Things To Do
Located about 45 minutes from El Paso, just over the Organ Mountains near Las Cruces, New Mexico, this park features streams that run year-round and shade trees located along hiking trails. Camping and picnic sites are available. Unlike most of the time-worn mountains in the area, the Organ Mountains are jagged and steep.
A difficult 9.6 mile trail, featuring many spots to hike and rock climb. Very little traffic in this area, offering a quiet and relaxed excursion. Dogs are welcome, but must be on a leash.
An easy trail circling Ascarate Lake. The area is home to many ducks and geese, as well as the occasional red-tailed hawk and other native birds, perfect for casual birdwatchers. Dogs are welcome, but must be kept on a leash.
A 1.2-mile route, back and forth, featuring a steady, but challenging incline on the way to the Aztec Cave in McKelligon Canyon.
Located in central El Paso, this untouched arroyo (dry creek bed that temporarily fills with water after heavy rains) sits at the foot of the Franklin Mountains. With beautiful views of El Paso and Ciudad Juarez, the arroyo is a popular site for mountain bikers and nature lovers who enjoy birding or walking through the great Chihuahuan Desert terrain.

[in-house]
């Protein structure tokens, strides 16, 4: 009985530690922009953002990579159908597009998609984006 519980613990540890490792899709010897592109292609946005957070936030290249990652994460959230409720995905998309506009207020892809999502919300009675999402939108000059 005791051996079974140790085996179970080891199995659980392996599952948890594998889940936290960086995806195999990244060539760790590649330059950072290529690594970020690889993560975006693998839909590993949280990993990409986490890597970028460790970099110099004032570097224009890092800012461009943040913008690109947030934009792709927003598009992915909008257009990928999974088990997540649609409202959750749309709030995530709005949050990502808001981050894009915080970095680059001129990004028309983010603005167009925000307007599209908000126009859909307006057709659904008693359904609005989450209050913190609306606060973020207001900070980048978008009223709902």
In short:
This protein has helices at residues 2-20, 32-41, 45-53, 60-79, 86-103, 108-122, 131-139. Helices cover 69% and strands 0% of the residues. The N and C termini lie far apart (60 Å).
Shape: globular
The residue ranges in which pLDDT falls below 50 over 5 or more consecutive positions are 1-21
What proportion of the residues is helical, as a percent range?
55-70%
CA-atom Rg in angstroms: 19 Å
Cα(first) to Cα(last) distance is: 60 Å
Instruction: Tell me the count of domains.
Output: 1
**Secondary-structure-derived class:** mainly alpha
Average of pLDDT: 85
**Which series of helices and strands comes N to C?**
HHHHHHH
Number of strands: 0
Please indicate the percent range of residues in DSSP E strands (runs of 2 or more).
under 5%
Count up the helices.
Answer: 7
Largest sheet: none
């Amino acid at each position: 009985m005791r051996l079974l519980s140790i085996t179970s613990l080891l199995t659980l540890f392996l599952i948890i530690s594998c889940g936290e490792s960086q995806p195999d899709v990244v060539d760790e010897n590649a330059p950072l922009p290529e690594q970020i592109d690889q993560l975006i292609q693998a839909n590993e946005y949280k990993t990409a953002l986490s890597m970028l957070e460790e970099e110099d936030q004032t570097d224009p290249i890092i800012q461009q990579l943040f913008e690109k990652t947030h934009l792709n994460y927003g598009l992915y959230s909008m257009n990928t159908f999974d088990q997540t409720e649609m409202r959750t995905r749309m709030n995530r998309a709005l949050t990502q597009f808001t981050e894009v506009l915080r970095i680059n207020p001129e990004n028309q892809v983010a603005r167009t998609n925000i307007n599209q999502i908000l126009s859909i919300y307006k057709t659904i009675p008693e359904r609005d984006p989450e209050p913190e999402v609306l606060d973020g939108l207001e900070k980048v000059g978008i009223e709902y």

A 1.6 mile loop around Blackie Chesher Park, considered an easy route, perfect for a jog or walk. Dogs are welcome, but must be on a leash.
A 1.5-mile trail loop around the Chamizal National Memorial. An easy route taking about a half an hour to complete. Perfect for an afternoon stroll or jog. Dogs are welcome, but must be on a leash.
A 0.6-mile loop trail near the Museum of Archeology. Considered an easy route, you’ll find plenty of flora and fauna to admire along the way. Relatively low traffic, so you’ll be able to spend a rather peaceful time amongst the some of the best Southwestern views. Dogs are welcome and, in certain areas, may be off leash.
A 4.4-mile loop trail, considered to be a moderately challenging path. A low traffic route that’s open year-round. Dogs are welcome but must be on a leash.
A 2-mile trail nestled within the neighborhoods are east El Paso. Considered an easy route, this trail loops around Edgemere park. Dogs are welcome but must be on a leash.
The Tom Mays Unit is the Thanksgiving table of the local parks system: it has something for everyone. hiking, mountain biking, road biking, birding, rock climbing, camping and picnicking are all available for outdoors enthusiasts of every stripe. This portion of the Franklin Mountains State Park offers endless possibilities for hikes, ranging from easy to extremely hard.